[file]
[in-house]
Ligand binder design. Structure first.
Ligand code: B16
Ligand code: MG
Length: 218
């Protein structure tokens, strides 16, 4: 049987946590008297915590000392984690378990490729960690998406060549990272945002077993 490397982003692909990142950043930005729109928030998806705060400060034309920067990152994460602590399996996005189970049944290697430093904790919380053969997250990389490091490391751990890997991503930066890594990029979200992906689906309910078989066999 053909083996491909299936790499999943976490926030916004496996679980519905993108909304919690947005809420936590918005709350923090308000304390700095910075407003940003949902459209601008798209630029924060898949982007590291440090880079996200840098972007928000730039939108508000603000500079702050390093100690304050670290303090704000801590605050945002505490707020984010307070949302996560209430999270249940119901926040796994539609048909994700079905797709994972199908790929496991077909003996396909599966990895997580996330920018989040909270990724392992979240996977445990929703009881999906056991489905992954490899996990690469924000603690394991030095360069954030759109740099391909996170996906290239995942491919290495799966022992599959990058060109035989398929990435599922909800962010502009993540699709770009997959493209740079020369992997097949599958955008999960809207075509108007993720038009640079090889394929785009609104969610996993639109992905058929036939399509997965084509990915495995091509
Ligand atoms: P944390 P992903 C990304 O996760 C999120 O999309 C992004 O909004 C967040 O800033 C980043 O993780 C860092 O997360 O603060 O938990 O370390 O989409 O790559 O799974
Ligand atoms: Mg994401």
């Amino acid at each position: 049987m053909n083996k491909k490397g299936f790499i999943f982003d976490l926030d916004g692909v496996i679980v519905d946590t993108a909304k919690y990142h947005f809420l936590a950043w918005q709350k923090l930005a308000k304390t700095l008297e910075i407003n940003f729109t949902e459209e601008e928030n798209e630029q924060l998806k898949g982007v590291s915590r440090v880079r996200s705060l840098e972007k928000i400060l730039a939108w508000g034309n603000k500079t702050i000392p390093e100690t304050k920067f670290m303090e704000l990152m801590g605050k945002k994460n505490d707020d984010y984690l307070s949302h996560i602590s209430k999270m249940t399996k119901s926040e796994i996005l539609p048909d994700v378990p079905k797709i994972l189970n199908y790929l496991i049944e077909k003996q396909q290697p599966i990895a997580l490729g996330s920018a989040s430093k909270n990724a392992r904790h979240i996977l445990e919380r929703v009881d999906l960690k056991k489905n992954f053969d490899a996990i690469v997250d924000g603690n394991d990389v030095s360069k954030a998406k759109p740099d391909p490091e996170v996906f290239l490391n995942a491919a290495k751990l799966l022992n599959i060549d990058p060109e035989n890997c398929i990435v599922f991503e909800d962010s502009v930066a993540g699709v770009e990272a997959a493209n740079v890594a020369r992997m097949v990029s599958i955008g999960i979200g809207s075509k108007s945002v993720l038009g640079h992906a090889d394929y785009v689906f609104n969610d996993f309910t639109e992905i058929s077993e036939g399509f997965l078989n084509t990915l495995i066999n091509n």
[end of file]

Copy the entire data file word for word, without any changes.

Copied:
[in-house]
Ligand binder design. Structure first.
Ligand code: B16
Ligand code: MG
Length: 218
């Protein structure tokens, strides 16, 4: 049987946590008297915590000392984690378990490729960690998406060549990272945002077993 490397982003692909990142950043930005729109928030998806705060400060034309920067990152994460602590399996996005189970049944290697430093904790919380053969997250990389490091490391751990890997991503930066890594990029979200992906689906309910078989066999 053909083996491909299936790499999943976490926030916004496996679980519905993108909304919690947005809420936590918005709350923090308000304390700095910075407003940003949902459209601008798209630029924060898949982007590291440090880079996200840098972007928000730039939108508000603000500079702050390093100690304050670290303090704000801590605050945002505490707020984010307070949302996560209430999270249940119901926040796994539609048909994700079905797709994972199908790929496991077909003996396909599966990895997580996330920018989040909270990724392992979240996977445990929703009881999906056991489905992954490899996990690469924000603690394991030095360069954030759109740099391909996170996906290239995942491919290495799966022992599959990058060109035989398929990435599922909800962010502009993540699709770009997959493209740079020369992997097949599958955008999960809207075509108007993720038009640079090889394929785009609104969610996993639109992905058929036939399509997965084509990915495995091509
Ligand atoms: P944390 P992903 C990304 O996760 C999120 O999309 C992004 O909004 C967040 O800033 C980043 O993780 C860092 O997360 O603060 O938990 O370390 O989409 O790559 O799974
Ligand atoms: Mg994401």
């Amino acid at each position: 049987m053909n083996k491909k490397g299936f790499i999943f982003d976490l926030d916004g692909v496996i679980v519905d946590t993108a909304k919690y990142h947005f809420l936590a950043w918005q709350k923090l930005a308000k304390t700095l008297e910075i407003n940003f729109t949902e459209e601008e928030n798209e630029q924060l998806k898949g982007v590291s915590r440090v880079r996200s705060l840098e972007k928000i400060l730039a939108w508000g034309n603000k500079t702050i000392p390093e100690t304050k920067f670290m303090e704000l990152m801590g605050k945002k994460n505490d707020d984010y984690l307070s949302h996560i602590s209430k999270m249940t399996k119901s926040e796994i996005l539609p048909d994700v378990p079905k797709i994972l189970n199908y790929l496991i049944e077909k003996q396909q290697p599966i990895a997580l490729g996330s920018a989040s430093k909270n990724a392992r904790h979240i996977l445990e919380r929703v009881d999906l960690k056991k489905n992954f053969d490899a996990i690469v997250d924000g603690n394991d990389v030095s360069k954030a998406k759109p740099d391909p490091e996170v996906f290239l490391n995942a491919a290495k751990l799966l022992n599959i060549d990058p060109e035989n890997c398929i990435v599922f991503e909800d962010s502009v930066a993540g699709v770009e990272a997959a493209n740079v890594a020369r992997m097949v990029s599958i955008g999960i979200g809207s075509k108007s945002v993720l038009g640079h992906a090889d394929y785009v689906f609104n969610d996993f309910t639109e992905i058929s077993e036939g399509f997965l078989n084509t990915l495995i066999n091509n």